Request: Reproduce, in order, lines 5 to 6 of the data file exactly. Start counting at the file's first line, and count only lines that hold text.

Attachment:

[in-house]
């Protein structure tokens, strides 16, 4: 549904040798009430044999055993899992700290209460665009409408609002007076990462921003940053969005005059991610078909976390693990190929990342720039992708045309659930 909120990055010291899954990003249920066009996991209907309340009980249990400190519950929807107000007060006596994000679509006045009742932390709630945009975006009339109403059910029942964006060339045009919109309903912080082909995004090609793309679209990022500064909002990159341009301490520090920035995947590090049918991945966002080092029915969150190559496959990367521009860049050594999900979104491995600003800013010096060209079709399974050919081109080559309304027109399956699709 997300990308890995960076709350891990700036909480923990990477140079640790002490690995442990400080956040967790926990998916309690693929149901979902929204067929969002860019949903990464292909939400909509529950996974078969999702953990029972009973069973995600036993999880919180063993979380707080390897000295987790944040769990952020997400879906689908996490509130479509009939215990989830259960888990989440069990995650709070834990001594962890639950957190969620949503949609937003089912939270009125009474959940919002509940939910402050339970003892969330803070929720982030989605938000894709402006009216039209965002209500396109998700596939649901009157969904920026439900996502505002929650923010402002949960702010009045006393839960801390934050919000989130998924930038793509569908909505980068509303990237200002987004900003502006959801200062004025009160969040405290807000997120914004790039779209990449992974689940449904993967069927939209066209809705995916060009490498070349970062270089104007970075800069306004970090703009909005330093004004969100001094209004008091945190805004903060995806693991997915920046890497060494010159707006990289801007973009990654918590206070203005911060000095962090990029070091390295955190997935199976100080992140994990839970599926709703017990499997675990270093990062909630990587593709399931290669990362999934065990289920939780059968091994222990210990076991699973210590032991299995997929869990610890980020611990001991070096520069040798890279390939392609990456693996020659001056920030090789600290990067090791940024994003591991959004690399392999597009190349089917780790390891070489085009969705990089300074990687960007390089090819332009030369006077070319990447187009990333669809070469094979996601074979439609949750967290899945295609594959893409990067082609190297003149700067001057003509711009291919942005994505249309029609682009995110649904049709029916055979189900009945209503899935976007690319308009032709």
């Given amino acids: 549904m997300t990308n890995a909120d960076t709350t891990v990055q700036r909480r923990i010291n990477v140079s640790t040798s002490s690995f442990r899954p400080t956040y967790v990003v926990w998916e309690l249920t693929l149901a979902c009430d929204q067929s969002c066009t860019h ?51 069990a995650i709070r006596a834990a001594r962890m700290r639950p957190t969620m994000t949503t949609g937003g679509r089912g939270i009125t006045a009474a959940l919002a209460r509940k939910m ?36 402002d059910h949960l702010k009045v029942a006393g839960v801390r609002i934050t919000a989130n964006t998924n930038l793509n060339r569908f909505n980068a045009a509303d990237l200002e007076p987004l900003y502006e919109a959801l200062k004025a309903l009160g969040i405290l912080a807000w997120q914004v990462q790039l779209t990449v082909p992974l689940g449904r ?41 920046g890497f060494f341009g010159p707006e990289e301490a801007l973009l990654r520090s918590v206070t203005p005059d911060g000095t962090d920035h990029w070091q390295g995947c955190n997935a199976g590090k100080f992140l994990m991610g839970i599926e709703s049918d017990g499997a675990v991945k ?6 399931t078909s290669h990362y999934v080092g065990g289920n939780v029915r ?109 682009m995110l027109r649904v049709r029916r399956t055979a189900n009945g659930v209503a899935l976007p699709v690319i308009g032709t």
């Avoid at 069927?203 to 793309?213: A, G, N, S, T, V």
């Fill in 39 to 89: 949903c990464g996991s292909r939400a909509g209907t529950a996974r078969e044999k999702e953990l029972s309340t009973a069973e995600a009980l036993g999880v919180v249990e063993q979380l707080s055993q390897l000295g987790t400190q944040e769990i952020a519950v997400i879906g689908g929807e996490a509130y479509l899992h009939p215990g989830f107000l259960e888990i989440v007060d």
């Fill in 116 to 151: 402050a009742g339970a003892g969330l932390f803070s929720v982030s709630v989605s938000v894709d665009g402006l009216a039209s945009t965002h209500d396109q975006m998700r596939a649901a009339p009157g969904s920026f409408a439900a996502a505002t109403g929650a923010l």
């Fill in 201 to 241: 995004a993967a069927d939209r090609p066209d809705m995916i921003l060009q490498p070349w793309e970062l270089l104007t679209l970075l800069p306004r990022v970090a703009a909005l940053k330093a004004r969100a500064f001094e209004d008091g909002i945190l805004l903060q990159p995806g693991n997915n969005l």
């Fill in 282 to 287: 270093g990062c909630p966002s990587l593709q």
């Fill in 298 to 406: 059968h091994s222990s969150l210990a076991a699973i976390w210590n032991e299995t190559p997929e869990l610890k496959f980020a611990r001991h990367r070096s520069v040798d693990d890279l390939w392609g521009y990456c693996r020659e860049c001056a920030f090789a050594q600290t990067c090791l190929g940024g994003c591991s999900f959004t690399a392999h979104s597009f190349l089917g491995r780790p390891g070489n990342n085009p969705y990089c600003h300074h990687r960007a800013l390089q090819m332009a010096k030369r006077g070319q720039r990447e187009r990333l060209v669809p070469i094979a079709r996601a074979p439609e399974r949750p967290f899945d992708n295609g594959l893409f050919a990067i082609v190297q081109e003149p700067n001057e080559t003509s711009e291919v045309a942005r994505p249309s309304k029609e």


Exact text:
């Fill in 39 to 89: 949903c990464g996991s292909r939400a909509g209907t529950a996974r078969e044999k999702e953990l029972s309340t009973a069973e995600a009980l036993g999880v919180v249990e063993q979380l707080s055993q390897l000295g987790t400190q944040e769990i952020a519950v997400i879906g689908g929807e996490a509130y479509l899992h009939p215990g989830f107000l259960e888990i989440v007060d």
């Fill in 116 to 151: 402050a009742g339970a003892g969330l932390f803070s929720v982030s709630v989605s938000v894709d665009g402006l009216a039209s945009t965002h209500d396109q975006m998700r596939a649901a009339p009157g969904s920026f409408a439900a996502a505002t109403g929650a923010l």